A retransmission interval setting that is too small can cause unnecessary LSA retransmissions. This interval is typically set bigger than the round-trip time of a packet between two neighbors.

 

Specifying LSA transmission delay

To avoid LSAs from aging out during transmission, set an LSA retransmission delay especially for low speed links.

To specify the LSA transmission delay on an interface:

 

Step

Command

Remarks

1.       Enter system view.

system-view

N/A

2.       Enter interface view.

interface interface-type interface-number

N/A

3.       Specify the LSA transmission delay.

ospf trans-delay seconds

The default setting is 1 second.

 

Specifying SPF calculation interval

LSDB changes result in SPF calculations. When the topology changes frequently, a large amount of network and router resources are occupied by SPF calculation. You can adjust the SPF calculation interval to reduce the impact.

When network changes are not frequent, the minimum-interval is adopted. If network changes become frequent, the SPF calculation interval is incremented by incremental-interval × 2n-2 (n is the number of calculation times) each time a calculation occurs until the maximum-interval is reached.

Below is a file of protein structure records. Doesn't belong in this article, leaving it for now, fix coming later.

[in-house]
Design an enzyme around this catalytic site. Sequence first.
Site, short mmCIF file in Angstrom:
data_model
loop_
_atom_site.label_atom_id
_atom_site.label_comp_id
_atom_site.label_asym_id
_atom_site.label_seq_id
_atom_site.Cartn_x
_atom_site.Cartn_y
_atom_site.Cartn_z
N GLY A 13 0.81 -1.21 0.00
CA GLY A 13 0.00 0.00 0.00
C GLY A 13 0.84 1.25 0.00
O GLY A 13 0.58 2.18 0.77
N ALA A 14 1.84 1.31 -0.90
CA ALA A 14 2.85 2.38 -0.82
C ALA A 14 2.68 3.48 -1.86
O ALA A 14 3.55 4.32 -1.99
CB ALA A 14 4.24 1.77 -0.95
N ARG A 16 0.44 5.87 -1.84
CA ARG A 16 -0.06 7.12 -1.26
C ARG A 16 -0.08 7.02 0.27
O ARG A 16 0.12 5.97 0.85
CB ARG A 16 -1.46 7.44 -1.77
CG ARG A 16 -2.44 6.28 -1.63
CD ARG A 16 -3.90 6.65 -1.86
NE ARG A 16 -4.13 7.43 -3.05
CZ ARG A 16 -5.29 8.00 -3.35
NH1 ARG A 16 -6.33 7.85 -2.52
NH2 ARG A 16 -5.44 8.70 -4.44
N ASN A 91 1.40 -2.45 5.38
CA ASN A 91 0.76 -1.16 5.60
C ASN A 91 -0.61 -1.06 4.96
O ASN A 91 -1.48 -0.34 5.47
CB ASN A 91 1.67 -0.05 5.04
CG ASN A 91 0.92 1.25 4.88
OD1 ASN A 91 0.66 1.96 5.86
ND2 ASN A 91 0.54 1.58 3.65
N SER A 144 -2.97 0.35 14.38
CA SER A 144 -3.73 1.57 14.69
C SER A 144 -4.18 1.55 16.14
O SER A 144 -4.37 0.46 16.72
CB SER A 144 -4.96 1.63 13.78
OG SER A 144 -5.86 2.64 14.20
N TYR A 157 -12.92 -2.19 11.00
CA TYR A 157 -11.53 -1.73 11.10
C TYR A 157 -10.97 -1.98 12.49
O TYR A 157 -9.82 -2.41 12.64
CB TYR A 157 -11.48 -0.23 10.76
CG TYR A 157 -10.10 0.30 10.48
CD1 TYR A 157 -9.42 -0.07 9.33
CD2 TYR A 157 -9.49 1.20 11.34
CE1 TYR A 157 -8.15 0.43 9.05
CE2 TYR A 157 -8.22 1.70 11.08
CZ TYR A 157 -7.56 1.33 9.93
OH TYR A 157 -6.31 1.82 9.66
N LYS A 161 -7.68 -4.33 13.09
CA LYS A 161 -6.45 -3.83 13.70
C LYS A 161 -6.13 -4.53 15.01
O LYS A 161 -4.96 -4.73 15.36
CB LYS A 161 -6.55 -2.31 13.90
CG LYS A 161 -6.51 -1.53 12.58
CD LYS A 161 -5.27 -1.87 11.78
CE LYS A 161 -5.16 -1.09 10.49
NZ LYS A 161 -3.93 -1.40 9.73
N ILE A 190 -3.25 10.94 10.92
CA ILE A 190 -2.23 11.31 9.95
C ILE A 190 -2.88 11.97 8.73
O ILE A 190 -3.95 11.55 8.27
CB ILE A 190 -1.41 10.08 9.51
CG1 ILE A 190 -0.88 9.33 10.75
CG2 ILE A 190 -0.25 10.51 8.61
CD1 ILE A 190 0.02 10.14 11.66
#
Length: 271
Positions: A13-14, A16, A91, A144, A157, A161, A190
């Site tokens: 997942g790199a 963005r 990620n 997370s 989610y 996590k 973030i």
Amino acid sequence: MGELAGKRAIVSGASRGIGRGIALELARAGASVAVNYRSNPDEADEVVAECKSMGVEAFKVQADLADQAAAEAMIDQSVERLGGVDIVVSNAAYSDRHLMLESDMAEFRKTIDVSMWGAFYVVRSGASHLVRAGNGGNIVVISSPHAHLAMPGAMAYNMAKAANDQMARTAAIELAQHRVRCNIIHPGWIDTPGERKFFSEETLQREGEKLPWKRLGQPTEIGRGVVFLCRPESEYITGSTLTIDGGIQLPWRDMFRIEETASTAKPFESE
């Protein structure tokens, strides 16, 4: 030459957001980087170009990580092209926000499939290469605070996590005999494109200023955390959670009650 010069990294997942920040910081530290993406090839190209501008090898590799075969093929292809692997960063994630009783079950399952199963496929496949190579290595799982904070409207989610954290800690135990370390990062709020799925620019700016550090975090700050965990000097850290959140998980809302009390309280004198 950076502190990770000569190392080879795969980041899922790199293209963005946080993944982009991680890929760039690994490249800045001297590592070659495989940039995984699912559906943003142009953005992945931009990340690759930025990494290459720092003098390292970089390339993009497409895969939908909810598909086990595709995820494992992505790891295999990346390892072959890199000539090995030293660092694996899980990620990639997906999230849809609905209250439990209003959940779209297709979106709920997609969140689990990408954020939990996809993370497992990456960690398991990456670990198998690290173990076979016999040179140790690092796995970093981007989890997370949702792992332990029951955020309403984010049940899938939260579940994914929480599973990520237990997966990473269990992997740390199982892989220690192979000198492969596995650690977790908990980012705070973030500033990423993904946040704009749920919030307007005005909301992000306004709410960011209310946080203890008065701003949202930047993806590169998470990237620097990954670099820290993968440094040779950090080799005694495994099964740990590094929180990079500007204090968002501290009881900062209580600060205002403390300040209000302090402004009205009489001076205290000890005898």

To configure the SPF calculation interval:

 

Step

Command

Remarks

1.       Enter system view.

system-view

N/A

2.       Enter OSPF view.

ospf [ process-id | router-id router-id | vpn-instance vpn-instance-name ] *

N/A

3.       Specify the SPF calculation interval.

spf-schedule-interval maximum-interval [ minimum-interval [ incremental-interval ] ]

By default:

·         The maximum interval is 5 seconds.

·         The minimum interval is 50 milliseconds.

·         The incremental interval is 200 milliseconds.

 

Specifying the LSA arrival interval

If OSPF receives an LSA that has the same LSA type, LS ID, and router ID as the previously received LSA within the LSA arrival interval, OSPF discards the LSA to save bandwidth and route resources.

To configure the LSA arrival interval:

 

Step

Command

Remarks

1.       Enter system view.

system-view

N/A

2.       Enter OSPF view.